Making the World Better for Future Generations

"No one cares about us because we were born in Afghanistan."

"We're going to die in history."

- Afghan girl's despair at the Taliban rule - 


Is this really the 21st century?” People running desperately toward aircraft, people hanging upside down on the stairs in an attempt to board an aircraft, people clinging to an aircraft's wheels as it takes off...

Crowds rushed into the Kabul Airport to flee the country after the Islamic armed group Taliban reclaimed control of Afghanistan. Afghans who had been going about their daily lives were thrown into battlefields rife with violence and fear.

People all over the world witnessed how easily modern civilization could devolve into an anti-civilized and violent situation as they found the urgent scenes of the Afghan exodus more compelling than a movie.

The two youths killed in a take-off crash of a transport plane were ordinary Afghan boys aged 16 and 17. They were brothers who supported their mother by selling fruits in the market in Kabul.

Even now, 38 million Afghans fear having to choose a perilous escape route.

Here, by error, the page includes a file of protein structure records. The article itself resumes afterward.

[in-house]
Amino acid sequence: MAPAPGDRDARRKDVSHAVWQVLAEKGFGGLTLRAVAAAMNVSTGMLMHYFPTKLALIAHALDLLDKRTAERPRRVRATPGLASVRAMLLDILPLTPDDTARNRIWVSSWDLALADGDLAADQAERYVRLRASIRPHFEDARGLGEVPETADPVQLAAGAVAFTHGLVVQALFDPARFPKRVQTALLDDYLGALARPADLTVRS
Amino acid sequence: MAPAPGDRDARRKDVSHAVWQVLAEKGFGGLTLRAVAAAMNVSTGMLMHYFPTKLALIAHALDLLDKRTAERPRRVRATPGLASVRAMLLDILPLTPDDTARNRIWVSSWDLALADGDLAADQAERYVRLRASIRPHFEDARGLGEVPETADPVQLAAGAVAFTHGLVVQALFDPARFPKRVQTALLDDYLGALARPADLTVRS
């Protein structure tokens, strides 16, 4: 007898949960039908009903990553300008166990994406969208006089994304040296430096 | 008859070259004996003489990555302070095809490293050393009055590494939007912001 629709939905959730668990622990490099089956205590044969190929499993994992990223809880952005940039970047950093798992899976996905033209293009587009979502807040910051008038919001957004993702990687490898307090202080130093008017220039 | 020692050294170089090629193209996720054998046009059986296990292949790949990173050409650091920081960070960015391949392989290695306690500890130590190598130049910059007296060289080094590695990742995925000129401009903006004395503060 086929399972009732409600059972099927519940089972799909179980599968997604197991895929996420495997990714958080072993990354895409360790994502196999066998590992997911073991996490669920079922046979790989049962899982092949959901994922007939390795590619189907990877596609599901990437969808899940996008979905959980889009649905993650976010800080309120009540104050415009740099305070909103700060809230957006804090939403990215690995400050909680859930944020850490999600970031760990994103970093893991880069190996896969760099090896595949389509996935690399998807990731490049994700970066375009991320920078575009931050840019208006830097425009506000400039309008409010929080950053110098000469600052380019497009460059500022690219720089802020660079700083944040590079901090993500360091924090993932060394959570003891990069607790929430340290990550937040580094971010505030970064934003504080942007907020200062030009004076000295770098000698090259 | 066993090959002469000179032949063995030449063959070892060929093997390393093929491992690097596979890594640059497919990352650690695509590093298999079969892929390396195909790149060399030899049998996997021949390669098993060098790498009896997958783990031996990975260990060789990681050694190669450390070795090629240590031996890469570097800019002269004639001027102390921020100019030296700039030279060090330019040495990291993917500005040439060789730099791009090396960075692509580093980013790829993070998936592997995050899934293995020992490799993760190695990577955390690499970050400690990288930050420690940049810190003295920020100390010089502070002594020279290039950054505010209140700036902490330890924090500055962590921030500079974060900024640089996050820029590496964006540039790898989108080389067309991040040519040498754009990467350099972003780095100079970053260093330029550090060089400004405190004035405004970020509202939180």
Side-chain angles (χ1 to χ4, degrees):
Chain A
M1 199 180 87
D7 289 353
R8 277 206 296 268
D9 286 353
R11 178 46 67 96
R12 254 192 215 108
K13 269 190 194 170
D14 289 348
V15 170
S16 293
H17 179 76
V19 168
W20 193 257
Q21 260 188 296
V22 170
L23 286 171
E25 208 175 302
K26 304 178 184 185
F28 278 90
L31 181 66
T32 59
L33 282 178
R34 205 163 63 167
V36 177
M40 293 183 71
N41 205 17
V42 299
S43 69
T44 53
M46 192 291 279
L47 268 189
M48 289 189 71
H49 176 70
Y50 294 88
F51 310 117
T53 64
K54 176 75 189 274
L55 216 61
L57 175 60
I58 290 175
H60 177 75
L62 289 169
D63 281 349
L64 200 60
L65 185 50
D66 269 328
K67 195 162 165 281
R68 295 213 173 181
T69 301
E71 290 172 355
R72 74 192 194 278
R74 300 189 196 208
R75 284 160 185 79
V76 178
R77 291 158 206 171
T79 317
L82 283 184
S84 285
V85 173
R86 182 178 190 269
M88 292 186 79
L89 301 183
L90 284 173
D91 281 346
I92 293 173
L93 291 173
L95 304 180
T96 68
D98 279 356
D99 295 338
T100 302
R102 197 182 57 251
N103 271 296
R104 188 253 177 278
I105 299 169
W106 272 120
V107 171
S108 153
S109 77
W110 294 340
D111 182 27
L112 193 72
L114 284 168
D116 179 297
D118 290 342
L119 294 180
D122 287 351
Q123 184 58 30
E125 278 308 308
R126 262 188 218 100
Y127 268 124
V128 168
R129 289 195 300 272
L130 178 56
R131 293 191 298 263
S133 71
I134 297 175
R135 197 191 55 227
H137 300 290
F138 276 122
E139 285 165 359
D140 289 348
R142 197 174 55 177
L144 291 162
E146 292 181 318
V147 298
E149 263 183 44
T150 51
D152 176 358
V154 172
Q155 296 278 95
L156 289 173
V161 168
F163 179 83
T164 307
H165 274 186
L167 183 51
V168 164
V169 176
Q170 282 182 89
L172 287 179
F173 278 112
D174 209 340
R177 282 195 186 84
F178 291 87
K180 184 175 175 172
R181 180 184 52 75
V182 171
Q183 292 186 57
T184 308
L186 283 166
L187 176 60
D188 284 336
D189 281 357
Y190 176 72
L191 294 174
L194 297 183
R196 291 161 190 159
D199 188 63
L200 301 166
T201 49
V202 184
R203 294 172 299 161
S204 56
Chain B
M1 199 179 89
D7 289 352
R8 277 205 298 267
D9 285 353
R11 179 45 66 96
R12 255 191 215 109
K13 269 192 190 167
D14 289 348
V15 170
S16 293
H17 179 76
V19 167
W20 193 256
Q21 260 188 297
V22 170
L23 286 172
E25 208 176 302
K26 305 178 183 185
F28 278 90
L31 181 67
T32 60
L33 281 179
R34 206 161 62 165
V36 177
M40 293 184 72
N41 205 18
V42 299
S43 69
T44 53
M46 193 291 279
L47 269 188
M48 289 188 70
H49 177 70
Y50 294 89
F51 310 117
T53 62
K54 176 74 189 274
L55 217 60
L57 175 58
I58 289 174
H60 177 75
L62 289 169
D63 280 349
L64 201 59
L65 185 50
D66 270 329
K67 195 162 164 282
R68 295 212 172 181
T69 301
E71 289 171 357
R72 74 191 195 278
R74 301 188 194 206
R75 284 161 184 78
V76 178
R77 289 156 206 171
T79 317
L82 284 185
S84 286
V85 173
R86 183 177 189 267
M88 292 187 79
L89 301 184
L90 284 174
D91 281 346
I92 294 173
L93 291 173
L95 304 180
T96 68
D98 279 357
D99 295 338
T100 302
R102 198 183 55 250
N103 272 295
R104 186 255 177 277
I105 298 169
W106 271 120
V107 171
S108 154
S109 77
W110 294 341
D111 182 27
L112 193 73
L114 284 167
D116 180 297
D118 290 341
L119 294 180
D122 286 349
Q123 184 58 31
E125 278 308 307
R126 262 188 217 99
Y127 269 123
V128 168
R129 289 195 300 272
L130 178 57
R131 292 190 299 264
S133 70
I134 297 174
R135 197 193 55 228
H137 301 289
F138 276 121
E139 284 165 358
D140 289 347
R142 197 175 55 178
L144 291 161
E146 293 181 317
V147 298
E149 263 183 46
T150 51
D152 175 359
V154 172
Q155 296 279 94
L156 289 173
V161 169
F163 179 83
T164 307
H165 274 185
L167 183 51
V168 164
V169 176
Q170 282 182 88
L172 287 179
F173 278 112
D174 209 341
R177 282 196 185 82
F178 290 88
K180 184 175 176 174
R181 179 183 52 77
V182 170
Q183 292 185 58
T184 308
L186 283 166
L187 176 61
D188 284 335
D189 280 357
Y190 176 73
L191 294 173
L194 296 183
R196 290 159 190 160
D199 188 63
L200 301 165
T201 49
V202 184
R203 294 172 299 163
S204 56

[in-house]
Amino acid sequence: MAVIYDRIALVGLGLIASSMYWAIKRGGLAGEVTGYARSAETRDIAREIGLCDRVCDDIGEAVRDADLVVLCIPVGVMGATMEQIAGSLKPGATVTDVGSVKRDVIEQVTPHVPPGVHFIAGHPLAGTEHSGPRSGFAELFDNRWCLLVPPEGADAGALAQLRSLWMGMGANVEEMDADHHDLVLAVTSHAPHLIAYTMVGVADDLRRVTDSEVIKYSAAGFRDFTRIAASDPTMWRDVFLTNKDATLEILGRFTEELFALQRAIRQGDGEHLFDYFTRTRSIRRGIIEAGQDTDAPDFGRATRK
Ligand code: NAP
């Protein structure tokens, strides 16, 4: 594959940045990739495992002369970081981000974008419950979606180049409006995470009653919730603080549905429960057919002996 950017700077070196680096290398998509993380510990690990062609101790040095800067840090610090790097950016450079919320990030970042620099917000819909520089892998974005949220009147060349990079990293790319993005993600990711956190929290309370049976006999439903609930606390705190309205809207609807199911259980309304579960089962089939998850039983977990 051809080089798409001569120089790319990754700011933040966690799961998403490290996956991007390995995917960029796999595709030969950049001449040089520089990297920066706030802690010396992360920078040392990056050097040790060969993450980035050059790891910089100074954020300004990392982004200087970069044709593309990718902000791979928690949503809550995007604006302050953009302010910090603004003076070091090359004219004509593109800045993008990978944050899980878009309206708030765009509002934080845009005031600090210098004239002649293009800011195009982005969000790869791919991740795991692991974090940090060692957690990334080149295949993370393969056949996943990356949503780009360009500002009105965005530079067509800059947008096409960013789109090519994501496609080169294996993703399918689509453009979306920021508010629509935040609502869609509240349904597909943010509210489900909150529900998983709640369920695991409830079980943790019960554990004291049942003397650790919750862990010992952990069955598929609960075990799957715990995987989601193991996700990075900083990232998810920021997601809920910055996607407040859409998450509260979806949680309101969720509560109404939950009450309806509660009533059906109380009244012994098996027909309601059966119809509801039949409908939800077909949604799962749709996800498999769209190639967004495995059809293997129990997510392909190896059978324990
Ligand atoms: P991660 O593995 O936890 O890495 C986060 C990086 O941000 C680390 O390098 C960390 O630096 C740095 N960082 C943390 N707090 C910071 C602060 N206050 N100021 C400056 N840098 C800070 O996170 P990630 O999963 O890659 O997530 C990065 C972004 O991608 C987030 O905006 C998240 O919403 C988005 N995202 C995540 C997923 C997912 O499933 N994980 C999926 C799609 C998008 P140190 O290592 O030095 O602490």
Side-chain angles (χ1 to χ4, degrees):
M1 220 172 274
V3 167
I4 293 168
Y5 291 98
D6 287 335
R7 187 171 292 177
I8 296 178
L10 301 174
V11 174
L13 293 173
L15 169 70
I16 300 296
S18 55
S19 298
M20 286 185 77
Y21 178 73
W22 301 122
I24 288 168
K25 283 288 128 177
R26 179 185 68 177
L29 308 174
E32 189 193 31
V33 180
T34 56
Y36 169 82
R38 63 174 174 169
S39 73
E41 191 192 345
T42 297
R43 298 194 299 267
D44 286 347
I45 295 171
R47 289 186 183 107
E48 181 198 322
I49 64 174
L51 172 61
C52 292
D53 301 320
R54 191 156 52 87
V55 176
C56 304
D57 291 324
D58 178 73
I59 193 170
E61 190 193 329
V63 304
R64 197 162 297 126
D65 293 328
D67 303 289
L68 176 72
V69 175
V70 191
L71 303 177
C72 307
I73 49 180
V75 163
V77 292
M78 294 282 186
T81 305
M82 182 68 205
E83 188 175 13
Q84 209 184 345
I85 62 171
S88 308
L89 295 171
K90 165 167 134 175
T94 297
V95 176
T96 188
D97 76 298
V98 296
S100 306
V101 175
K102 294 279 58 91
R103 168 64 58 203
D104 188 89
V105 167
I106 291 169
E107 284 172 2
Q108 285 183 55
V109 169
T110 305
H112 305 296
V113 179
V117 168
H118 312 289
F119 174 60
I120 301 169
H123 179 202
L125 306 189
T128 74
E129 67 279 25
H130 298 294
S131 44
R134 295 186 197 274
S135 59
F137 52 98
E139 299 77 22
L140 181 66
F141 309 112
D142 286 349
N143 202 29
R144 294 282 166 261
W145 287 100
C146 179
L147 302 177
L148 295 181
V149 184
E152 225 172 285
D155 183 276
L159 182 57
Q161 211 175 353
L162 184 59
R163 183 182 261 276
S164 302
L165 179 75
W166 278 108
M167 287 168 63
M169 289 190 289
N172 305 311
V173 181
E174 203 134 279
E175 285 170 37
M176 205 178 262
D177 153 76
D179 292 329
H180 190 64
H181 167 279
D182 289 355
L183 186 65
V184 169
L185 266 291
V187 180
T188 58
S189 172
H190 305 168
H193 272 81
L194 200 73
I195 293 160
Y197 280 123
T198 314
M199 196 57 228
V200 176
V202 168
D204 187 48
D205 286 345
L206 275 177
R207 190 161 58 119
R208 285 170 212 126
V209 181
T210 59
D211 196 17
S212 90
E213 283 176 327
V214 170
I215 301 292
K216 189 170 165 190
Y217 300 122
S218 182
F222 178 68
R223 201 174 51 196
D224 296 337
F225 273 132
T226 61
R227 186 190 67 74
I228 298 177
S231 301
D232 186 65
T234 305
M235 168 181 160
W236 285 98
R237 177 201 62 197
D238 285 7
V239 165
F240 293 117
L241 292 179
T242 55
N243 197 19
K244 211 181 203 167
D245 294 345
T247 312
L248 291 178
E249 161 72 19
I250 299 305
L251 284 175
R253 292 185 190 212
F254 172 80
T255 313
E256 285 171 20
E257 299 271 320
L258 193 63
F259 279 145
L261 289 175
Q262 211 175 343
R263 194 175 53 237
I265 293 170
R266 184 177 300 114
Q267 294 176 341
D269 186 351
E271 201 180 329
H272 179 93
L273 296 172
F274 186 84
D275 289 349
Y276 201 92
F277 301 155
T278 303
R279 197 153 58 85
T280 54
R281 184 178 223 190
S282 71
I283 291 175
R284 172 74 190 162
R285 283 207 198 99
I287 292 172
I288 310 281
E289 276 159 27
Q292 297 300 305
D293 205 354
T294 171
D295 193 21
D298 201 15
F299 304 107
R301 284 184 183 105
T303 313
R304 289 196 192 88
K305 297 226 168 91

And the reality imposed on the weak and women in need of protection among them is as perilous as standing on the edge of a knife.


Who Are the Taliban?

In Arabic, Taliban means "students." The Arabic word "Talib," which means "student," is combined with the Pashtun plural suffix "an"; in this case, "student" refers to a seminary student studying in a madrasa, a boarding school that teaches Islam.

What caused a group of theological students studying God's teachings to become ruthless? To understand this, we need to turn the clock back 40 years and look at developments since then. 

When the Soviet Union invaded Afghanistan in 1979, the US-trained and supported mujahedin (warriors) to fight the Soviets. Theological students were trained to be anti-Soviet warriors in Pashtun, southern Afghanistan.

The Taliban was founded in 1994 in Kandahar, Afghanistan's southernmost province. From 1996 to 2001, they controlled roughly three-quarters of Afghanistan under the leadership of Muhammad Omar.

The country with the worst women's rights record in the world